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kottke.org posts about Walt Whitman

Whitman, Alabama

posted by Jason Kottke   Mar 08, 2017

Filmmaker Jennifer Crandall has spent the past two years travelling all around Alabama, collecting short video vignettes of people’s lives — “Might we pull out our cameras to capture a few tiny moments from your life?” — and now she’s posting the videos on the Whitman, Alabama site.

I believe in listening and I believe in creating spaces intimate enough for voices to be heard. I believe in Alabama and her people. So I wanted to try to amplify her voices. To do this, a patchwork team of us set out and began to make a 52-part documentary film.

We crisscrossed the state, made acquaintances with strangers and asked: “Might we pull out our cameras to capture a few tiny moments from your life?”

And people said yes! (This still surprises me every time.)

And then we said: “There’s a catch. Can we do it while you read some poetry?”

I have to say, you Alabamians stepped up to the plate. You said, “Yes, I believe that’d still be all right.”

Each of her 52 subjects recites a verse from Walt Whitman’s poem Song of Myself. Why Whitman and not a poem by a southern poet?

I like the idea of cheekily co-opting the work of a dead white Yankee and re-envisioning it through contemporary Southern voices. I think we’ve found a neat way of mixing DNA here by joining these voices with Whitman’s. We’ve taken Whitman up on his offer to be co-creators, co-authors, of “Song of Myself.”

The Sullivan family read verse 16:

Some people just hit you in the heart. I was at Yen Restaurant in Mobile, looking for a hit of comfort food—Vietnamese food — and Cathy, Samantha and Brandon walked in.

Samantha reminded me of myself — half-Asian, half-white, sort of a tomboy. I approached them. Immediately they were open and warm. I asked Cathy if they might want to read for the project.

She said sure. No hesitation. She appreciated art and music. Samantha did, too. Cathy stenciled boats for a living. Samantha wanted to be an illustrator or graphic designer someday.

Sometimes if people think something isn’t going to look good to other people, they won’t let you see it, let alone film it. But Cathy threw open the doors in full welcome.

Spend some time with the project, meet some of your fellow Americans you might not know that well. (via @alainabrowne)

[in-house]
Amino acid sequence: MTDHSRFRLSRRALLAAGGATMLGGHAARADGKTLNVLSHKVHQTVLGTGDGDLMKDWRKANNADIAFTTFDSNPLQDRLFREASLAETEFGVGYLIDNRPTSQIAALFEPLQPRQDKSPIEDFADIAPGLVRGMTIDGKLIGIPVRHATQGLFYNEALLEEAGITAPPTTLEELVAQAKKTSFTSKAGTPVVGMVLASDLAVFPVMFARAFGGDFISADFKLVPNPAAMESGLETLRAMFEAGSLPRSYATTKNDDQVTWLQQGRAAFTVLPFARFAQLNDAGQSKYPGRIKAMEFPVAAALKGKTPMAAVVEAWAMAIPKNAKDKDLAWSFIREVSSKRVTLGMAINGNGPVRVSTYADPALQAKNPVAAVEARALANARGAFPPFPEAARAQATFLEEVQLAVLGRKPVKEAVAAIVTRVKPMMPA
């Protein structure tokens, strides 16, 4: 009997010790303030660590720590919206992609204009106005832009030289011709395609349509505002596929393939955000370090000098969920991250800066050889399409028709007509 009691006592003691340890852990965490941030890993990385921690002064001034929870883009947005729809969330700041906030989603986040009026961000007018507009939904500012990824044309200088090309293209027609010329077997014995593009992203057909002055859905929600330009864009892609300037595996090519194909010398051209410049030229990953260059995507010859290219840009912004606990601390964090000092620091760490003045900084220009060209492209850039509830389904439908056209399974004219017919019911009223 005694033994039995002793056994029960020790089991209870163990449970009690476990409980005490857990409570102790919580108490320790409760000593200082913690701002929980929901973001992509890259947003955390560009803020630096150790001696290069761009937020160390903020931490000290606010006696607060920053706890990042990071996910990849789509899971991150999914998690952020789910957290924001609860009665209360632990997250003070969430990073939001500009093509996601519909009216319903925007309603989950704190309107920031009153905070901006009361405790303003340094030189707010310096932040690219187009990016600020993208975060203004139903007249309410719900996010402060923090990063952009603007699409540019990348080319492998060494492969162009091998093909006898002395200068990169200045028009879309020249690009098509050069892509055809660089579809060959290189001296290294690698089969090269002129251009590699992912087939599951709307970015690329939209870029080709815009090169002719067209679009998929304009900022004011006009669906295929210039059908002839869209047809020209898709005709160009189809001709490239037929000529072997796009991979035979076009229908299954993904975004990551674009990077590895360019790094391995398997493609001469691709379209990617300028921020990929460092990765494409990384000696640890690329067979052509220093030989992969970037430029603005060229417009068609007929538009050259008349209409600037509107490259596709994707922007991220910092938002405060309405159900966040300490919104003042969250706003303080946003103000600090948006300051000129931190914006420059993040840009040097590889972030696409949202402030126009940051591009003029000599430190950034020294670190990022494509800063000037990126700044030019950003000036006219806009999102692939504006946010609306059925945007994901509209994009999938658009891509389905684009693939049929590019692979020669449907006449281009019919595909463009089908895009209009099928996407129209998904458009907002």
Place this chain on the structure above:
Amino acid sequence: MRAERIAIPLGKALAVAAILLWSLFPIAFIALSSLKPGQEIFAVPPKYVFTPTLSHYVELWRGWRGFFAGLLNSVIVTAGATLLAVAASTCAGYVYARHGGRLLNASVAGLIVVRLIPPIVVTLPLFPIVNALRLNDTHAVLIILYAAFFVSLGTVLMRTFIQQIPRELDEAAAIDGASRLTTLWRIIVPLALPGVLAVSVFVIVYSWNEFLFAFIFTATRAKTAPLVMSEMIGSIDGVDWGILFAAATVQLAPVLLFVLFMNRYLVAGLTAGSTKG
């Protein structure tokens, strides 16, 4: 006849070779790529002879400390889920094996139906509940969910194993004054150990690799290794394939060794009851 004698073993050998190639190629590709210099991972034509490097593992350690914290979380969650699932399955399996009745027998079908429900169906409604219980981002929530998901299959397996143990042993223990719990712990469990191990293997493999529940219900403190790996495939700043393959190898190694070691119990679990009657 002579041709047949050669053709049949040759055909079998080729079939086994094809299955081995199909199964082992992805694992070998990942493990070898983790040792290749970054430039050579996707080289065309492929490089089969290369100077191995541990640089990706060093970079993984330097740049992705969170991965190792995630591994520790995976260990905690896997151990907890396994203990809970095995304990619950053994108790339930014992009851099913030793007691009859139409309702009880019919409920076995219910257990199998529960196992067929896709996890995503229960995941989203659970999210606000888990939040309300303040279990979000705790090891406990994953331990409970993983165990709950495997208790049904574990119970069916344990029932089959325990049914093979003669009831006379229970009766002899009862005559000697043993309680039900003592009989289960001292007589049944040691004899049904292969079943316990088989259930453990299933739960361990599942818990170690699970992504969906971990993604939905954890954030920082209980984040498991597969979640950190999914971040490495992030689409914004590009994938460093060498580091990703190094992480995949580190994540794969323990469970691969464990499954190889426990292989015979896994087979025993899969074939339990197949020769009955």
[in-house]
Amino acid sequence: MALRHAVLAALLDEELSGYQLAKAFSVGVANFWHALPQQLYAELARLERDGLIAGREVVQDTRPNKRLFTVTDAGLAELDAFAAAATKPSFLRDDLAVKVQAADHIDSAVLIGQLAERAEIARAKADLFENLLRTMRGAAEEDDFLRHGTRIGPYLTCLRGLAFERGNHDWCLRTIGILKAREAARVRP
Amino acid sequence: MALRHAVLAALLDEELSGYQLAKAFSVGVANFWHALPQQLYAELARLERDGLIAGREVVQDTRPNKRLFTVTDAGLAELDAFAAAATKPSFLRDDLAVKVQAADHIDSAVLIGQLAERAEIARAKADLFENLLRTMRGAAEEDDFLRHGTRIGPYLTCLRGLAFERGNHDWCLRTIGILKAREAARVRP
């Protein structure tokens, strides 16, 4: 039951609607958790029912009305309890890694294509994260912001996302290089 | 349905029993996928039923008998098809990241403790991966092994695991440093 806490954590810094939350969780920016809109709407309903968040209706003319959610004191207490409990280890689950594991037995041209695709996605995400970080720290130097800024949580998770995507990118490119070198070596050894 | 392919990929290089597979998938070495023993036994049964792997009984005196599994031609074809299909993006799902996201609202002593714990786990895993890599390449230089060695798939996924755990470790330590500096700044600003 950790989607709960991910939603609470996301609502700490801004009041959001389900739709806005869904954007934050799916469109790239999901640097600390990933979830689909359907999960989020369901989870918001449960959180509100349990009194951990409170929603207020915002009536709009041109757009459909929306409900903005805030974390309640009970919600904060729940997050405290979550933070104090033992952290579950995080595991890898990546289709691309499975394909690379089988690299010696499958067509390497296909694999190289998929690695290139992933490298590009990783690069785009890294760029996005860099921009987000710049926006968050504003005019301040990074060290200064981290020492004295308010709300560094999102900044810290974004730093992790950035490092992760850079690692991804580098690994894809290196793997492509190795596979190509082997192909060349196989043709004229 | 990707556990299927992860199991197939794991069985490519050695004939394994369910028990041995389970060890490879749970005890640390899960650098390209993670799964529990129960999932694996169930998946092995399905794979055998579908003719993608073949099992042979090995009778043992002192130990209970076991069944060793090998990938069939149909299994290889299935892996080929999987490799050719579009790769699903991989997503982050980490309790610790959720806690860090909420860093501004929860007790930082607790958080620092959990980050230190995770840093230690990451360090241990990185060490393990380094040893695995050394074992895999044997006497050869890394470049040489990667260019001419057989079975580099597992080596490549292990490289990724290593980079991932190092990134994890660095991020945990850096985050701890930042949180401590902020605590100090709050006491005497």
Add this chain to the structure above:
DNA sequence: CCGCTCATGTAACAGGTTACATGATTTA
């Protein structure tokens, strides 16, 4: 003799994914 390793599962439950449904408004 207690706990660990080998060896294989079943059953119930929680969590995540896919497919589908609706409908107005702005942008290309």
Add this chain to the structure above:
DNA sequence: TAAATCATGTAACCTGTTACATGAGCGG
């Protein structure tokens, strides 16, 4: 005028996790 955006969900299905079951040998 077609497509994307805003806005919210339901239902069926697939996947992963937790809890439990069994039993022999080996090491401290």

Update: Jia Tolentino interviewed Crandall about the project for the New Yorker.

The first time Crandall read “Song of Myself,” it was 1990, and she was sixteen, standing in a bookstore in McLean, Virginia, having just moved back to the United States. Because of her father’s job, with U.S.A.I.D., she had spent most of her childhood in Bangladesh, Haiti, and Pakistan. “My mom is Chinese, from Vietnam, and my dad’s a white dude from Denver, and at that moment I just felt that I did not understand America,” she said. She pulled a paperback anthology of poetry off the shelf, and Whitman stuck out right away. “Though I wouldn’t have articulated it then, what I responded to was this idea that everyone embodies diversity, not just the country. That many people are negotiating multiple social contracts, the way I’d been doing since I was born.”

We Work Remotely

Levi’s (sponsored by America)

posted by Jason Kottke   Oct 28, 2009

This is a 36-second wax cylinder recording of Walt Whitman reading a few lines from his poem, America. You may recognize the recording from its use in Levi’s new ad campaign:

I thought for sure that Ryan McGinley had directed this and the O Pioneers! commercial but it turns out he just (just!) did the photos for the print campaign. (via slate)

Update: The audio clip used in that commercial might not be Whitman after all. From the inbox:

The Walt Whitman recording that is being used by the Levi’s commercial that you posted on the 28th is actually not Whitman, and is now considered by most audio archivists to be a hoax.

More information about this most interesting recording can be found in Vol. X, No. 3 of Allen Koenigsberg’s Antique Phonograph Monthly magazine from 1992, pages 9-11.

Among things pointed out, one is that the speech on the soundtrack ends with the quote, “Freedom Law and Love,” whereas the original printed version of the poem ends with “Chair’d in the adamant of Time.”

Koenigsberg also points out that Whitman’s last years were chronicled on a daily basis by his personal secretary, and being wheelchair-bound, such a visit for Whitman would have been difficult, unprecedented, and undoubtedly noted.

(thx, jack)